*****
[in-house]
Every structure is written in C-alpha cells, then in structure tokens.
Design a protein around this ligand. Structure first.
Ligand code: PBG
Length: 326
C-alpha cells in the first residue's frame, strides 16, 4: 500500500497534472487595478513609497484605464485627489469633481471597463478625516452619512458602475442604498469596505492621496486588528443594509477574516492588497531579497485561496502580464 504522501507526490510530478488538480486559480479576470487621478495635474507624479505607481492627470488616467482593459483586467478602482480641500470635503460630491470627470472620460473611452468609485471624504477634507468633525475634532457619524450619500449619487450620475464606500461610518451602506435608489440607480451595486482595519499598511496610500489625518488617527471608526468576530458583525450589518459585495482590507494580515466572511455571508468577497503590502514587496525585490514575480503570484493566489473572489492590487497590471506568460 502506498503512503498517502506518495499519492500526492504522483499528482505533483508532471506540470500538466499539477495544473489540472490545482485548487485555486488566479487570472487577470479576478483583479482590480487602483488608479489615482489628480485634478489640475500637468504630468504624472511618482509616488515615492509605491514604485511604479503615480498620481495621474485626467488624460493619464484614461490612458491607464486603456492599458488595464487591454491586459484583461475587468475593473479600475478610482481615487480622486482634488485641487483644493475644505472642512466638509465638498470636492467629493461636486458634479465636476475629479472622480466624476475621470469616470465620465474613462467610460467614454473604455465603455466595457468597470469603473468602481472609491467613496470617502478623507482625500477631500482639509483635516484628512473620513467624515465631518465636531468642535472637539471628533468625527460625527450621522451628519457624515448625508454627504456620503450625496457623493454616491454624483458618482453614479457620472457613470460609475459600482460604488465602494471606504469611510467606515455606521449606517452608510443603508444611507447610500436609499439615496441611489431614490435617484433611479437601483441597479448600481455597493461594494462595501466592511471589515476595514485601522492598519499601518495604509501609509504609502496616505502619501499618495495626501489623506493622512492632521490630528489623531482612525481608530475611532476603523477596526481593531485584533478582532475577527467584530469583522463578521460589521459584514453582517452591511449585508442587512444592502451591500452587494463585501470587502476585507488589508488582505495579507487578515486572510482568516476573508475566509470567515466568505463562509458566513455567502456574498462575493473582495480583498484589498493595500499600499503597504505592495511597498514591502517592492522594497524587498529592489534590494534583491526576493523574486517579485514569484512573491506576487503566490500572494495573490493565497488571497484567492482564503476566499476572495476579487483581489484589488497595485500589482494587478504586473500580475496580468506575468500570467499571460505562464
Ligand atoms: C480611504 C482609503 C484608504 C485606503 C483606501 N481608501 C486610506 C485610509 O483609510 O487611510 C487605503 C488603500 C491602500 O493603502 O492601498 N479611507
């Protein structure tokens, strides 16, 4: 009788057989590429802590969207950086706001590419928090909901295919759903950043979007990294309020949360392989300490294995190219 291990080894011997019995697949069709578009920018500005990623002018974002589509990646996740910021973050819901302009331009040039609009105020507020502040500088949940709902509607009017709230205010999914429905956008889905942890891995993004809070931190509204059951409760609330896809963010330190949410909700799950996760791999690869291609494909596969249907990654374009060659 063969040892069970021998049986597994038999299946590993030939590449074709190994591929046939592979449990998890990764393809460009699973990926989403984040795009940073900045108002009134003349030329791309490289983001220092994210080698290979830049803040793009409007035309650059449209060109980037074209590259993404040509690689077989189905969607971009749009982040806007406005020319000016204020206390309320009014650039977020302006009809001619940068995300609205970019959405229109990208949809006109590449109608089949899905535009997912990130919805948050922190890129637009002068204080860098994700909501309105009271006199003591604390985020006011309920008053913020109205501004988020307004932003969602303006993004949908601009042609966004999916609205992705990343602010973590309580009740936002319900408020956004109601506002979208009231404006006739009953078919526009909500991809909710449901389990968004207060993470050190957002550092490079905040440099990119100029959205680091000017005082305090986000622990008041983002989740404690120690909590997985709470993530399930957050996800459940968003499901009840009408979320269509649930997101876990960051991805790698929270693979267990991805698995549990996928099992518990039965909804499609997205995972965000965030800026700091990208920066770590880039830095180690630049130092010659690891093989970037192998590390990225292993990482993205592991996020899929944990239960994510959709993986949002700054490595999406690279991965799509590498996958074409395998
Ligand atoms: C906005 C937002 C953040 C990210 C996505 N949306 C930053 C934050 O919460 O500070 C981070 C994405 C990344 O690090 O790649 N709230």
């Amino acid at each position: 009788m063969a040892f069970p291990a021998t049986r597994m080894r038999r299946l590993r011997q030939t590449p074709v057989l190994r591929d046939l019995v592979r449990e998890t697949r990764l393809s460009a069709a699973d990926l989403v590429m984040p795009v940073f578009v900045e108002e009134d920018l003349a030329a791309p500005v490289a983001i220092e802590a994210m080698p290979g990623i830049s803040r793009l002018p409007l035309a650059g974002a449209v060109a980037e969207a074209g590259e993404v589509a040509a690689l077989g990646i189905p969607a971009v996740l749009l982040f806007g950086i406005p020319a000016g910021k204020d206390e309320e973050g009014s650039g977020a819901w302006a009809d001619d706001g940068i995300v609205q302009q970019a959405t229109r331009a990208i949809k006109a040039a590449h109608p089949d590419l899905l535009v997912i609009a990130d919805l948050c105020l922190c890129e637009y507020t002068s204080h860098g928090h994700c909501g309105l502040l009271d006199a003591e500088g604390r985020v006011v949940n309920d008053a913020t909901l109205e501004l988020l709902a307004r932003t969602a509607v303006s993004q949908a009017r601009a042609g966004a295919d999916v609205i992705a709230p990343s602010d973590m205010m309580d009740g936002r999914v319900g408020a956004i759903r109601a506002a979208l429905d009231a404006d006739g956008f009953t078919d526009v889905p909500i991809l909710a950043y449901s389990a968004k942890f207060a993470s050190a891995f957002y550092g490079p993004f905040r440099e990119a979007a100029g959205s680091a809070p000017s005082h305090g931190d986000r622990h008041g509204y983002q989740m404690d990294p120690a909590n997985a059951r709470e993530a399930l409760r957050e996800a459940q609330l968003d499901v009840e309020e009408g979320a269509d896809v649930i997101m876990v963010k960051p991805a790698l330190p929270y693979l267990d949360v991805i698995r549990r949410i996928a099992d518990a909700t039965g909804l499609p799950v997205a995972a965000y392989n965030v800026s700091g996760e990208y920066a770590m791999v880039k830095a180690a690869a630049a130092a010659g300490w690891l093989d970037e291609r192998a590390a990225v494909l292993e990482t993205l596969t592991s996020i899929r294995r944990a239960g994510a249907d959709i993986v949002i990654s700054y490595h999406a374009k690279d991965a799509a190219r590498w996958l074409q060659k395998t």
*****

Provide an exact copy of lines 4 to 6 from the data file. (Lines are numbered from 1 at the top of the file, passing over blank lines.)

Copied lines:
Ligand code: PBG
Length: 326
C-alpha cells in the first residue's frame, strides 16, 4: 500500500497534472487595478513609497484605464485627489469633481471597463478625516452619512458602475442604498469596505492621496486588528443594509477574516492588497531579497485561496502580464 504522501507526490510530478488538480486559480479576470487621478495635474507624479505607481492627470488616467482593459483586467478602482480641500470635503460630491470627470472620460473611452468609485471624504477634507468633525475634532457619524450619500449619487450620475464606500461610518451602506435608489440607480451595486482595519499598511496610500489625518488617527471608526468576530458583525450589518459585495482590507494580515466572511455571508468577497503590502514587496525585490514575480503570484493566489473572489492590487497590471506568460 502506498503512503498517502506518495499519492500526492504522483499528482505533483508532471506540470500538466499539477495544473489540472490545482485548487485555486488566479487570472487577470479576478483583479482590480487602483488608479489615482489628480485634478489640475500637468504630468504624472511618482509616488515615492509605491514604485511604479503615480498620481495621474485626467488624460493619464484614461490612458491607464486603456492599458488595464487591454491586459484583461475587468475593473479600475478610482481615487480622486482634488485641487483644493475644505472642512466638509465638498470636492467629493461636486458634479465636476475629479472622480466624476475621470469616470465620465474613462467610460467614454473604455465603455466595457468597470469603473468602481472609491467613496470617502478623507482625500477631500482639509483635516484628512473620513467624515465631518465636531468642535472637539471628533468625527460625527450621522451628519457624515448625508454627504456620503450625496457623493454616491454624483458618482453614479457620472457613470460609475459600482460604488465602494471606504469611510467606515455606521449606517452608510443603508444611507447610500436609499439615496441611489431614490435617484433611479437601483441597479448600481455597493461594494462595501466592511471589515476595514485601522492598519499601518495604509501609509504609502496616505502619501499618495495626501489623506493622512492632521490630528489623531482612525481608530475611532476603523477596526481593531485584533478582532475577527467584530469583522463578521460589521459584514453582517452591511449585508442587512444592502451591500452587494463585501470587502476585507488589508488582505495579507487578515486572510482568516476573508475566509470567515466568505463562509458566513455567502456574498462575493473582495480583498484589498493595500499600499503597504505592495511597498514591502517592492522594497524587498529592489534590494534583491526576493523574486517579485514569484512573491506576487503566490500572494495573490493565497488571497484567492482564503476566499476572495476579487483581489484589488497595485500589482494587478504586473500580475496580468506575468500570467499571460505562464